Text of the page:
Philadelphia is launching a new effort to maximize help for the poor.

It also calls for groups fighting poverty to go beyond their normal borders.

Even though more than a billion dollars is spent each year helping poor people in the city, it's not enough, according to Eva Gladstein, who leads Philadealphia's antipoverty efforts.

"We are not making the necessary difference in the lives of individuals, in the lives of families, and in the quality of life for our neighborhoods," she said.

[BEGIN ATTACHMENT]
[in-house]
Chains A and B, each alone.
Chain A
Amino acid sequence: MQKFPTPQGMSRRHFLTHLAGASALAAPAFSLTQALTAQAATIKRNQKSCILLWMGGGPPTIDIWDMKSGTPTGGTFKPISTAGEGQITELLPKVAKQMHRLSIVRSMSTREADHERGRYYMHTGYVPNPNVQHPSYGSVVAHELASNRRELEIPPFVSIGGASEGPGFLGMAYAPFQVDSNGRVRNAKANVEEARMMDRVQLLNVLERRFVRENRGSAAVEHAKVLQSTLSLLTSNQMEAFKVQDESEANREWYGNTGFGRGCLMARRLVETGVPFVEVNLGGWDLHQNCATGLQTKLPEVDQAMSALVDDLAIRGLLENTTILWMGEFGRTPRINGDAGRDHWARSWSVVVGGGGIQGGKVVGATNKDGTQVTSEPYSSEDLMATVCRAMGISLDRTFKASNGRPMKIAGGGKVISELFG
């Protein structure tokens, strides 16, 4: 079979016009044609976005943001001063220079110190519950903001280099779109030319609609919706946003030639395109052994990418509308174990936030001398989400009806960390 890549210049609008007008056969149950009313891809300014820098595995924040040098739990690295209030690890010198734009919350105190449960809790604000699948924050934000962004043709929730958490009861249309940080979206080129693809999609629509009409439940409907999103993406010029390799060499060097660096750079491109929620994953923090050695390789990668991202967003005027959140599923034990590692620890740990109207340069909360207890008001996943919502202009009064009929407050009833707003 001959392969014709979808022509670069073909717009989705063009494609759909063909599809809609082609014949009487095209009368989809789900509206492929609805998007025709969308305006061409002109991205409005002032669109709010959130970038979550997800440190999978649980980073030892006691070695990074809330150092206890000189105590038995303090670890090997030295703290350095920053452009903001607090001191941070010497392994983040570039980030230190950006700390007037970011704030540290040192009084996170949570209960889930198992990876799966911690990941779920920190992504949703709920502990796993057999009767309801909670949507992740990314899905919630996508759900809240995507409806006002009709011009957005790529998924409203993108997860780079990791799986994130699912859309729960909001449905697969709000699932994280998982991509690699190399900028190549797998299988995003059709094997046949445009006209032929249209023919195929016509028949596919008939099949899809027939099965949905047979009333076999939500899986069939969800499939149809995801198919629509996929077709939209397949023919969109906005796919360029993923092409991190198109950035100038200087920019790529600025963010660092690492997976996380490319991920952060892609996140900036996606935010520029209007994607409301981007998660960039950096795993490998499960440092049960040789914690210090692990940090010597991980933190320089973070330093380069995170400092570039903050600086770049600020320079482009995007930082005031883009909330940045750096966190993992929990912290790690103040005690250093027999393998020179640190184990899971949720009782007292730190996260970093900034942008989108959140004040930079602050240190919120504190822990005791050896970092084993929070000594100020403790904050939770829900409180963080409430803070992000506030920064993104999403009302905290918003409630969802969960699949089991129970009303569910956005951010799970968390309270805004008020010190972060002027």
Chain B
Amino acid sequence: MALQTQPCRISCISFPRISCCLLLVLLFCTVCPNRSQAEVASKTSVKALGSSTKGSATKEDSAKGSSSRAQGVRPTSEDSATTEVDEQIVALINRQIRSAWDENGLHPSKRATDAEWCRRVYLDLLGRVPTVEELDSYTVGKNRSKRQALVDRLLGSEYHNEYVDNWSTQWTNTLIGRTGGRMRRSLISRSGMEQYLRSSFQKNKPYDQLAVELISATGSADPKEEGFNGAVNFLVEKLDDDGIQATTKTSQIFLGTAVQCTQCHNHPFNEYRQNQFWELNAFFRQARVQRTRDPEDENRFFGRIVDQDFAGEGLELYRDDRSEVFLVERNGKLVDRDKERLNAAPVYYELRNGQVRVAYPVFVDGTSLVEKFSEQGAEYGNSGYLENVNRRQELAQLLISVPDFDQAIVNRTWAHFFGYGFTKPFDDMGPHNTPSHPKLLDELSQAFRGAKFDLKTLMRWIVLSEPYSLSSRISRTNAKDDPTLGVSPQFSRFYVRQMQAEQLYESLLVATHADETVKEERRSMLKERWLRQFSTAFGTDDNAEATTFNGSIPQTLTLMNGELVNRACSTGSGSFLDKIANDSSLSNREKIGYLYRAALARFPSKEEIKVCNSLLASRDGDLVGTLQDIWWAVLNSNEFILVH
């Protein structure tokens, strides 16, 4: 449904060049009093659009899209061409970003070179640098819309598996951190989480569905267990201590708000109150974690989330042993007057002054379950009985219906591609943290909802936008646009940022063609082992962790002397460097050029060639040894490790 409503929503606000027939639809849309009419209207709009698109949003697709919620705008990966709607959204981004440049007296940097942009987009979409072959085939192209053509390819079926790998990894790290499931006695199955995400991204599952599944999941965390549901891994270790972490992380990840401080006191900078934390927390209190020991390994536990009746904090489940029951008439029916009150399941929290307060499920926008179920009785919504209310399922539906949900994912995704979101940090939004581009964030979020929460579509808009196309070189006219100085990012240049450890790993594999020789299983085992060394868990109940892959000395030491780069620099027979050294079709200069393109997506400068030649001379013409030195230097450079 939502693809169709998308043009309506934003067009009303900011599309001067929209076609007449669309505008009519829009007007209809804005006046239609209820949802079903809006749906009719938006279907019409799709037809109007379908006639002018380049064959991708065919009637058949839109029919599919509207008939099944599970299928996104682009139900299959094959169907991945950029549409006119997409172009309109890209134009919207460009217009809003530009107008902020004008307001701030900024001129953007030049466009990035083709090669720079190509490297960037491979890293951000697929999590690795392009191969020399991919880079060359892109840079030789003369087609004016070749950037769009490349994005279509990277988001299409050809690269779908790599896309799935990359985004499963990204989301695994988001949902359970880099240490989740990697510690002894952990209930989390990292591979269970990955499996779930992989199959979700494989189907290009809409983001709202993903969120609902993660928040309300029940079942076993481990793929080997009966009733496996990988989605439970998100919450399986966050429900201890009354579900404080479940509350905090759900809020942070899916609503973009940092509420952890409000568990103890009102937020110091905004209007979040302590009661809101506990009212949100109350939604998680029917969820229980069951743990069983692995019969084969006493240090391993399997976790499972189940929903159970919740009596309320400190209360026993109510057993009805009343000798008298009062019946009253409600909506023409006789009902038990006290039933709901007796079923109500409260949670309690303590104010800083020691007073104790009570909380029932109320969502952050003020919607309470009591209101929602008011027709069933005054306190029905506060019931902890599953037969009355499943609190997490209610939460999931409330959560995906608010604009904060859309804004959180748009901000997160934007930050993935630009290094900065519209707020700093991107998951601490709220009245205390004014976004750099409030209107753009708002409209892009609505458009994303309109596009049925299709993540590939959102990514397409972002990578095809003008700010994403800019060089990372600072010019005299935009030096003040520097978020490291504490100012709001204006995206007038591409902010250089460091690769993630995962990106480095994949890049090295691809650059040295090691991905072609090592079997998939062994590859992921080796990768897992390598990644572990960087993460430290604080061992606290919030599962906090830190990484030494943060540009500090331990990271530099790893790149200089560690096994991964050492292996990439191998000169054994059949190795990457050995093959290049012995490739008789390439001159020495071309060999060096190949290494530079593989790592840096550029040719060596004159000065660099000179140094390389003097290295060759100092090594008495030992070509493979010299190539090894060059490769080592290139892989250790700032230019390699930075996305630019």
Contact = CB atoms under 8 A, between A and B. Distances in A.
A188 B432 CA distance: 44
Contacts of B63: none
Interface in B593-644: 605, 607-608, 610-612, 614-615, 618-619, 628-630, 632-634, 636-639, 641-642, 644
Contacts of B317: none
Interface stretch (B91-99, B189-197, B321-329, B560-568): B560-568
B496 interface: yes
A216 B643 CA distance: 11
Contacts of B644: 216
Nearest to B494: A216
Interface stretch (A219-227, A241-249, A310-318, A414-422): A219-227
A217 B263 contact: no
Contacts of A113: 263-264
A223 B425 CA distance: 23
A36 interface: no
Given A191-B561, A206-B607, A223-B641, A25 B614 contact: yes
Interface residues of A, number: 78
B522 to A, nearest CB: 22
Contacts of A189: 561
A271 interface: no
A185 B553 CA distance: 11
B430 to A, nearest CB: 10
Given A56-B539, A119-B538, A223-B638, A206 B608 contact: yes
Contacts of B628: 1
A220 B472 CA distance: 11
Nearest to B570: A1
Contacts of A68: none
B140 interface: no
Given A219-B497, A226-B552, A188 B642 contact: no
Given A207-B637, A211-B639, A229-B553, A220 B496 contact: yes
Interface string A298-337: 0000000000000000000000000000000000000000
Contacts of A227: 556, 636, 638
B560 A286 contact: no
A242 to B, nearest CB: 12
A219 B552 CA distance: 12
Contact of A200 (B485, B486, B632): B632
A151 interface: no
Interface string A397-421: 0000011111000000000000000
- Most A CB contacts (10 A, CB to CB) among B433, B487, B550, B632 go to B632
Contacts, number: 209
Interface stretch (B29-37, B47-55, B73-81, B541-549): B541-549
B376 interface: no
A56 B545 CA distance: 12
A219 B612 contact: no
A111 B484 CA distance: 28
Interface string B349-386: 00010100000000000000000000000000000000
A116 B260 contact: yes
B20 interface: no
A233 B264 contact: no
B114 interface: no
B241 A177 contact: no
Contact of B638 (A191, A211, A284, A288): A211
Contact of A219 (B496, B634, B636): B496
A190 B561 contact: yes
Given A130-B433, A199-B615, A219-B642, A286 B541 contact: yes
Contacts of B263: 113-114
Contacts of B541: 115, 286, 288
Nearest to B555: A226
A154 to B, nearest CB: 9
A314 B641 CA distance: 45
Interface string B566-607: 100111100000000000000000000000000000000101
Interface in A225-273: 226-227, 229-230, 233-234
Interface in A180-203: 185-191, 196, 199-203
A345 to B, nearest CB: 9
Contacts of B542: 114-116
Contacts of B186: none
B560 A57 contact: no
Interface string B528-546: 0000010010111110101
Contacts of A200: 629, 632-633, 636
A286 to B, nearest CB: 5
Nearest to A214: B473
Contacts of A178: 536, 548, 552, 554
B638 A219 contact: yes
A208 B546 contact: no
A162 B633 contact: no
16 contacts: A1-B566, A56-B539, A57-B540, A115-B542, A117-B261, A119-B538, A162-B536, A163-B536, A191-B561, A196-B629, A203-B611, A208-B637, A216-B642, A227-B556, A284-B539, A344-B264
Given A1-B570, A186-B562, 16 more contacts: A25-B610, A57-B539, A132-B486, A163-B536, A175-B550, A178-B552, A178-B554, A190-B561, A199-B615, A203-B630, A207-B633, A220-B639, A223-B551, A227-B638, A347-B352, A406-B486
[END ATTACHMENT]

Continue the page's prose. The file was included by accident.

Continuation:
"Shared Prosperity Philadelphia" will work to ensure poor residents take advantage of all available programs, especially ones funded by the federal and state governments, said Mayor Michael Nutter.

"You're talking about millions of dollars that people are eligible for -- SNAP benefits, earned income tax credit and a variety of other programs and services that literally people would benefit from just for signing up," he said. "And would get the benefits, in many instances actual cash, that they would use for themselves, circulate in the community."

About 28 percent of Philadelphians live in poverty, the highest poverty rate among the nation's 10 biggest cities.